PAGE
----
Water, Energy, and Biogeochemical Budgets (WEBB) Program

Student participation in the USGS Luquillo WEBB project, Puerto Rico



Photo - View of a rocky stream with a small waterfall.  Click for larger photo Students and volunteers have made many important contributions towards the success of the USGS Luquillo WEBB project by helping in the collection, processing, and archiving of data and samples. Graduate students have advanced our scientific understanding of important geochemical and hydrological processes and budgets by conducting research and publishing their results.

Some of the schools and universities that have been represented by participating students are listed below. The USGS also welcomes the participation of volunteers--more information on volunteering with the USGS can be found at the Volunteer for Science Program web site. Click here to see information specific to volunteering with the USGS Luquillo WEBB project.

Scroll down the page to see photographs of student activities.



Participating schools, universities, institutions:


Photo - Students conducting sampling of suspended sediment, 1997, Cayaguás river, near San Lorenzo, Puerto Rico Click for larger photo Sampling of suspended sediment, 1997, Cayaguás river, near San Lorenzo, Puerto Rico

University of Puerto Rico student Abigail Santiago and Antioch College student Jason Unrine use a bridge sampler to collect a water sample for analysis of suspended sediment concentration. The University of Puerto Rico has several arrangements through which students work or volunteer their services with the USGS. One of these programs is sponsored by the National McNair Program .

As described in their web site: "The National McNair Programs are built on the assumption that exceptional individuals from low-income backgrounds who would make excellent university professors may not be easily identified. In some cases, inadequate academic preparation in secondary school or a rough transition to college work may result in these students giving up on sciences or having their potential unrecognized."

"The aim of the 99 federally funded national McNair programs is to identify qualified students as undergraduates, provide them with mentors in their chosen disciplines, provide a research stipend for students to conduct research and publish their results, and to present their findings at a research conference."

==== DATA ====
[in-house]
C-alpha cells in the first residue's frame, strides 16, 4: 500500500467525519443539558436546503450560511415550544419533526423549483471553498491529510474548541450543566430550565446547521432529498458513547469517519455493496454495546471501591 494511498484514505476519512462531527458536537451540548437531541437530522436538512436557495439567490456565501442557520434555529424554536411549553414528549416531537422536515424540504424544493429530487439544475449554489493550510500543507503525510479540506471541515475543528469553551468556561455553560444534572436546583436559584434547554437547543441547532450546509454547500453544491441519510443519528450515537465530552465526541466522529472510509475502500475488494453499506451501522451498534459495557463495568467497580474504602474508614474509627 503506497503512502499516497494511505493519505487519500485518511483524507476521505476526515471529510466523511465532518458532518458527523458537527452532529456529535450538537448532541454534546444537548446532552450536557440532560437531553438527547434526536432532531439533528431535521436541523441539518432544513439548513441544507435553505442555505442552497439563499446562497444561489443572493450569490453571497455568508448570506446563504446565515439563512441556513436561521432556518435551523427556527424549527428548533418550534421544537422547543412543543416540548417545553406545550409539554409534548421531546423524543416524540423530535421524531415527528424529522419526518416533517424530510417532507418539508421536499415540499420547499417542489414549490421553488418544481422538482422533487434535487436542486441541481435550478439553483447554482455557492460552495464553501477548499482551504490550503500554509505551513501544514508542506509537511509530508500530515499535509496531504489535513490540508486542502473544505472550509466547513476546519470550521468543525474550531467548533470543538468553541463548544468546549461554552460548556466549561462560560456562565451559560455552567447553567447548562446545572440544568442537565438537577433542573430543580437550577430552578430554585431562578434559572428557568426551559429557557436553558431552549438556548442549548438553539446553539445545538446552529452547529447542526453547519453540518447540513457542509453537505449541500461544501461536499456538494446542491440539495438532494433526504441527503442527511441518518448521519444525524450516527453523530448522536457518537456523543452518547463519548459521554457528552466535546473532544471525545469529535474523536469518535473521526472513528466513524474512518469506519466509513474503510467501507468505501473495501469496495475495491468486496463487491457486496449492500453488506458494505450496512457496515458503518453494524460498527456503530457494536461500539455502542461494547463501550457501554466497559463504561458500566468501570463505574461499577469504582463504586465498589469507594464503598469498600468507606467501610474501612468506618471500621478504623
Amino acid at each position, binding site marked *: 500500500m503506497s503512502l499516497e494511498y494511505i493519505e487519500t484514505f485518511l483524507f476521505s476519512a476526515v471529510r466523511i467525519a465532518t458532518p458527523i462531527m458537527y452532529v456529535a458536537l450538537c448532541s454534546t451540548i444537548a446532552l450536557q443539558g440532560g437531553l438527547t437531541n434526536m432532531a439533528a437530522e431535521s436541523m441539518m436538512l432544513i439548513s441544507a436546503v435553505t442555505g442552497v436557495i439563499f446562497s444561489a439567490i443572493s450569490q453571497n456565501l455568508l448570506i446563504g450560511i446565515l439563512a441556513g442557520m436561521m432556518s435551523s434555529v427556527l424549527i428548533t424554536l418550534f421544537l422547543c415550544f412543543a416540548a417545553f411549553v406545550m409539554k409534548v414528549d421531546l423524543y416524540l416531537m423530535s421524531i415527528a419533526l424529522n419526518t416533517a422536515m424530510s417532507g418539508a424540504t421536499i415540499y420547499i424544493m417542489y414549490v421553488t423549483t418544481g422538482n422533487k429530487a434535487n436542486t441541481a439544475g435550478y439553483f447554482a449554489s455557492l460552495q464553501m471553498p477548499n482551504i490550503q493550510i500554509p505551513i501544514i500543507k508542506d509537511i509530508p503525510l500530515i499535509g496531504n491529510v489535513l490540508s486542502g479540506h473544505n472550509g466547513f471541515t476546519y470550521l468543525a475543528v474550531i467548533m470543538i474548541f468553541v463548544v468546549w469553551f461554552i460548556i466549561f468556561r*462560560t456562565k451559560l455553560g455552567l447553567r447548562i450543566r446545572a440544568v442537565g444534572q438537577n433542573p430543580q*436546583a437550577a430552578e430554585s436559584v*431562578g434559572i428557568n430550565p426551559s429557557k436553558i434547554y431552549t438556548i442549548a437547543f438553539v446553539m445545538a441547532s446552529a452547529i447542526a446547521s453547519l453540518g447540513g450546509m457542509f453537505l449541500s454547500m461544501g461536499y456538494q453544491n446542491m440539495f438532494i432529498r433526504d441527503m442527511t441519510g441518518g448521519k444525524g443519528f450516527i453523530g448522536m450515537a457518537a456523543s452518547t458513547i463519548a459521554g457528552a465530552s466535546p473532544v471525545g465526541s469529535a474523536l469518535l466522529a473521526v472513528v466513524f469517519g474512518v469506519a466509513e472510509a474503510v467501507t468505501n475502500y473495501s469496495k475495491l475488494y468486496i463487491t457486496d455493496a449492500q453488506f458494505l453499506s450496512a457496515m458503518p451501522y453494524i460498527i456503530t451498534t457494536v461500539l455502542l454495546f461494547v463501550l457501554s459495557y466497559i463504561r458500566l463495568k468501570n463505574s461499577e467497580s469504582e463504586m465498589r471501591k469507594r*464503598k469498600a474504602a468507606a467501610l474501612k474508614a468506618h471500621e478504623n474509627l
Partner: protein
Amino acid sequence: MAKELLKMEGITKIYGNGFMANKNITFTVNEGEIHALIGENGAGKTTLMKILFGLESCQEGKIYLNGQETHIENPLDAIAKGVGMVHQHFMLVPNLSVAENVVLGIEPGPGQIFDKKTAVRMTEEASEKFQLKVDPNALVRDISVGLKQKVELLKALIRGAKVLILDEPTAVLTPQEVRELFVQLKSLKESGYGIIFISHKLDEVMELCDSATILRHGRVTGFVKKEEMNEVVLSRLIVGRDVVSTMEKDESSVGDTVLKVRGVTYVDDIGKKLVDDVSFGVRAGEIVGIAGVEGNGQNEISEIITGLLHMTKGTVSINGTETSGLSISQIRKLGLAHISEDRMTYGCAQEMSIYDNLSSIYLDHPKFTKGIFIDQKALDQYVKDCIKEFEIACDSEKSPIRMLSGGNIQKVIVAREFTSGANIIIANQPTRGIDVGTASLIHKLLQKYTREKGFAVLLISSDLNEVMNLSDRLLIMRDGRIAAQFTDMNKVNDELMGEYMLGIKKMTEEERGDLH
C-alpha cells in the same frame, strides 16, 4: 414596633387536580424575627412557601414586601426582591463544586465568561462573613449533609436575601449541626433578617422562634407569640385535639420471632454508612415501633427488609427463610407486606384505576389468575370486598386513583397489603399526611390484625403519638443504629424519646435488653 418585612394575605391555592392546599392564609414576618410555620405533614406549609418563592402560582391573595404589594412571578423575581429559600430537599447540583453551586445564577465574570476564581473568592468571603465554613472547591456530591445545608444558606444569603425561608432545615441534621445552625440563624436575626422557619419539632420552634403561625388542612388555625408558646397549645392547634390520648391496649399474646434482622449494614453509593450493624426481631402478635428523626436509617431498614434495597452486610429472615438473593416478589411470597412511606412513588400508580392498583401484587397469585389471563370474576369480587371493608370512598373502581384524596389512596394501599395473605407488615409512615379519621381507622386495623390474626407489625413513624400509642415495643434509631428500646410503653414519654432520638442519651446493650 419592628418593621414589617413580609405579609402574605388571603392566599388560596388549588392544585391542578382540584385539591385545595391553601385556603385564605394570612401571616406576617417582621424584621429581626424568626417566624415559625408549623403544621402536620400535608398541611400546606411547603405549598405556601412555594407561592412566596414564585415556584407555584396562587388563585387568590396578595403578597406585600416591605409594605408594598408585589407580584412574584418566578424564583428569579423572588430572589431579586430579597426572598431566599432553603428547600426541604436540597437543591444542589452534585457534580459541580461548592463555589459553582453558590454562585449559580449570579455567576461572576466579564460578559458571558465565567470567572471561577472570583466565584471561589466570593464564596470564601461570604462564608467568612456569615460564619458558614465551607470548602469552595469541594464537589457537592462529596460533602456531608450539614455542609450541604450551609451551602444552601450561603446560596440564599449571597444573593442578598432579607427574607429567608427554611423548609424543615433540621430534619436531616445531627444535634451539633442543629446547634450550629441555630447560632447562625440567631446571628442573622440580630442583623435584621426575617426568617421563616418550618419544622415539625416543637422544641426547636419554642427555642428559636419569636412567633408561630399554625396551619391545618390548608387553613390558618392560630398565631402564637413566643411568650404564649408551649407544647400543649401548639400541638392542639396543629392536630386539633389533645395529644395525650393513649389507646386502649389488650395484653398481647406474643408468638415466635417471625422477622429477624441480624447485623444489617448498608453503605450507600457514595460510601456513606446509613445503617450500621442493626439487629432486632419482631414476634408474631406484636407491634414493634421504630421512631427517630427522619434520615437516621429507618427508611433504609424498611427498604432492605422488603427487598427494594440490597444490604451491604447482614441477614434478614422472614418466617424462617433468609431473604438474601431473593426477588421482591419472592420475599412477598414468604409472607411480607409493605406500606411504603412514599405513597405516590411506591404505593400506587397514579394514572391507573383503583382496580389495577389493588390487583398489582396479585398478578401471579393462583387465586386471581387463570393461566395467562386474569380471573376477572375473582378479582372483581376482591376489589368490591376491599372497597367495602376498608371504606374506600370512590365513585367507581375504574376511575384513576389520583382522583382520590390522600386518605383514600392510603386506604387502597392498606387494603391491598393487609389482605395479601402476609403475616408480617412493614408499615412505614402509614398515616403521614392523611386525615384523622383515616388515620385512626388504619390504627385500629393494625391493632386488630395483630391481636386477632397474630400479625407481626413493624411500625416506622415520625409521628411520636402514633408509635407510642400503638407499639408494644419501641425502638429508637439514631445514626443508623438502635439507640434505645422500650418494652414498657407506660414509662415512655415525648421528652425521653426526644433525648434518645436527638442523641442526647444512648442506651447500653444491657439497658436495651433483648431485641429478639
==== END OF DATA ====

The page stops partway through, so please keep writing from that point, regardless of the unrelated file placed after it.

Photo - USGS Hydrologic Technician Angel Torres removing samples from automatic water sampler at the Canóvanas river station, near Canóvanas, Puerto Rico. Click for larger photo USGS Hydrologic Technician Angel Torres removing samples from automatic water sampler at the Canóvanas river station, near Canóvanas, Puerto Rico

University of Puerto Rico students have assisted Angel Torres and other WEBB project staff since 1991 in a variety of tasks including collection and processing of stream water, ground water, rain water samples, mapping and surveying of landslides, making discharge measurements, and collecting stream sediment samples. In addition to the McNair Program, mentioned above, many students have worked with support from the Howard Hughes Program. These students typically work full-time for several months during the summer when the University of Puerto Rico does not schedule courses. The University of Puerto Rico Passport Program is another means by which students work with WEBB project staff. The Passport Program provides support to students who work part-time during semesters when they are also taking courses on campus. The Puerto Rico Alliance for Minority Participation provides funding for students to work part-time for a researcher, with the goal of improving their scientific skills, and enhancing their ability to enter graduate school.


Photo - Sampling the transport of bedload sediment, 1997, Cayaguás river, near San Lorenzo, Puerto Rico. Click for larger photo Sampling the transport of bedload sediment, 1997, Cayaguás river, near San Lorenzo, Puerto Rico